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Wall Street occupations

Axelson, Ulf and Bond, Philip (2015) Wall Street occupations. Journal of Finance, 70 (5). pp. 1949-1996. ISSN 0022-1082

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Identification Number: 10.1111/jofi.12244

Abstract

Many finance jobs entail the risk of large losses, and hard-to-monitor effort. We analyze the equilibrium consequences of these features in a model with optimal dynamic contracting. We show that finance jobs feature high compensation, up-or-out promotion and long work hours, and are more attractive than other jobs. Moral hazard problems are exacerbated in booms, even though pay increases. Employees whose talent would be more valuable elsewhere can be lured into finance jobs, while the most talented employees might be unable to land these jobs because they are “too hard to manage.”

Item Type: Article
Official URL: http://onlinelibrary.wiley.com/journal/10.1111/(IS...
Additional Information: © 2015 American Finance Association
Subjects: H Social Sciences > HG Finance
JEL classification: E - Macroeconomics and Monetary Economics > E2 - Consumption, Saving, Production, Employment, and Investment > E24 - Macroeconomics: Employment; Unemployment; Wages; Intergenerational Income Distribution (includes wage indexation)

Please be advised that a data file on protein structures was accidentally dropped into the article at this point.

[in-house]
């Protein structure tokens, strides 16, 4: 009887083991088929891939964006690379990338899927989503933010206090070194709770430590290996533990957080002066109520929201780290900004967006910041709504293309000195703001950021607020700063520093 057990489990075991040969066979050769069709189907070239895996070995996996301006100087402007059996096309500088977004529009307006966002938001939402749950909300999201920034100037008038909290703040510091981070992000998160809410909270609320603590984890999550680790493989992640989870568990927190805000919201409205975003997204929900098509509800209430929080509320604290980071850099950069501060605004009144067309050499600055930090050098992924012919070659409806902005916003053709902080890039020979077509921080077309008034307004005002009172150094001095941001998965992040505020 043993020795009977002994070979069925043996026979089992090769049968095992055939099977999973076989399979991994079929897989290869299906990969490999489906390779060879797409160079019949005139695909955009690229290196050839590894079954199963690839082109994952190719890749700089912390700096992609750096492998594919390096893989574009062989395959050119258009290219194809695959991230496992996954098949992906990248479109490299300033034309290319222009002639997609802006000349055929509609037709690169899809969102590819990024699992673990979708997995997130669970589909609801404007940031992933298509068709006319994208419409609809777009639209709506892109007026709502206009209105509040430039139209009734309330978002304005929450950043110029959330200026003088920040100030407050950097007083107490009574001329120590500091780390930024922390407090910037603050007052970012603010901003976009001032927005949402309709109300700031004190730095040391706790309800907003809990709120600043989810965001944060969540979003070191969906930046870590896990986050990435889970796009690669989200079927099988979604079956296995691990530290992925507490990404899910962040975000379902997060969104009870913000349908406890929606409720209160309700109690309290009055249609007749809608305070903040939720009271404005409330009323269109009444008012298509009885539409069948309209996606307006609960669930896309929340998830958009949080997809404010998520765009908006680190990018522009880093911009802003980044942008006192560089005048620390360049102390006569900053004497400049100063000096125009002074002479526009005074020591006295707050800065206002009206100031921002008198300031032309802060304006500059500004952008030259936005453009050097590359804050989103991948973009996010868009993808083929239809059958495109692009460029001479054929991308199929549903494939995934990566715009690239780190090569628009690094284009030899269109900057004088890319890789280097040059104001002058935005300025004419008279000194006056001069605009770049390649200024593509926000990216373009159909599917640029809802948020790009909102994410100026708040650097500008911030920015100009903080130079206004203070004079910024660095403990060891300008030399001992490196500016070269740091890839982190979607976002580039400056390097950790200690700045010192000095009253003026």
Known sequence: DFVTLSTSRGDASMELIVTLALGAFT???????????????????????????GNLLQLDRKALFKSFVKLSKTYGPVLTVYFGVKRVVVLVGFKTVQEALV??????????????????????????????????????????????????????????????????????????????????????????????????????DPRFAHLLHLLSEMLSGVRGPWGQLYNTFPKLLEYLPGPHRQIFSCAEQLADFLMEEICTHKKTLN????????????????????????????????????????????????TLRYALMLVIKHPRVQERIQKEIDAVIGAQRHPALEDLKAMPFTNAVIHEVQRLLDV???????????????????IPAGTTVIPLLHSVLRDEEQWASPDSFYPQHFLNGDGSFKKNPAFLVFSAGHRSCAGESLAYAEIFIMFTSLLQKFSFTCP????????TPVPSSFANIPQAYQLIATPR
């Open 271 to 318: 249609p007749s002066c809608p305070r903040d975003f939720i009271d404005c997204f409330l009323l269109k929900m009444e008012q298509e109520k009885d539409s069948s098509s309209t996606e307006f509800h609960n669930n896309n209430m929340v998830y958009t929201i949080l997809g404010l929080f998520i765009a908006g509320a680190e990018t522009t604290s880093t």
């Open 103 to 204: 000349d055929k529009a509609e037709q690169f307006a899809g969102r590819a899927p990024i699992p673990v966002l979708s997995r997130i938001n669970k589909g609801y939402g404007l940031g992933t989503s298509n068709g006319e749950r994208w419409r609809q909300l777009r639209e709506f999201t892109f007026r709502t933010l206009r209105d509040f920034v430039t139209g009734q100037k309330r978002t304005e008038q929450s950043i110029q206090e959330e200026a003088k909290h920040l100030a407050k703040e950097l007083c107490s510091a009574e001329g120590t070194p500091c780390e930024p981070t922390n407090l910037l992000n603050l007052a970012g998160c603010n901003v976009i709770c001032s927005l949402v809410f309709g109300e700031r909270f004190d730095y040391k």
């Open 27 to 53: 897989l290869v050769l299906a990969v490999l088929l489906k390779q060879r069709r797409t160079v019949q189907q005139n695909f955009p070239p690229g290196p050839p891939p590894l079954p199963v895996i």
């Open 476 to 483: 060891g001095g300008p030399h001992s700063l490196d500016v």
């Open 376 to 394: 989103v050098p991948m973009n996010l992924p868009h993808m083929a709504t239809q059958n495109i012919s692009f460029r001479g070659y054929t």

G - Financial Economics > G2 - Financial Institutions and Services > G24 - Investment Banking; Venture Capital; Brokerage; Rating Agencies
J - Labor and Demographic Economics > J3 - Wages, Compensation, and Labor Costs > J31 - Wage Level and Structure; Wage Differentials by Skill, Training, Occupation, etc.
J - Labor and Demographic Economics > J3 - Wages, Compensation, and Labor Costs > J33 - Compensation Packages; Payment Methods
J - Labor and Demographic Economics > J4 - Particular Labor Markets > J41 - Contracts: Specific Human Capital, Matching Models, Efficiency Wage Models, and Internal Labor Markets
M - Business Administration and Business Economics; Marketing; Accounting > M5 - Personnel Economics > M51 - Firm Employment Decisions; Promotions (hiring, firing, turnover, part-time, temporary workers, seniority issues)
M - Business Administration and Business Economics; Marketing; Accounting > M5 - Personnel Economics > M52 - Compensation and Compensation Methods and Their Effects (stock options, fringe benefits, incentives, family support programs, seniority issues)
Sets: Departments > Finance
Collections > Economists Online
Date Deposited: 01 Jun 2015 09:45
Last Modified: 29 Feb 2016 16:35
URI: http://eprints.lse.ac.uk/id/eprint/37448

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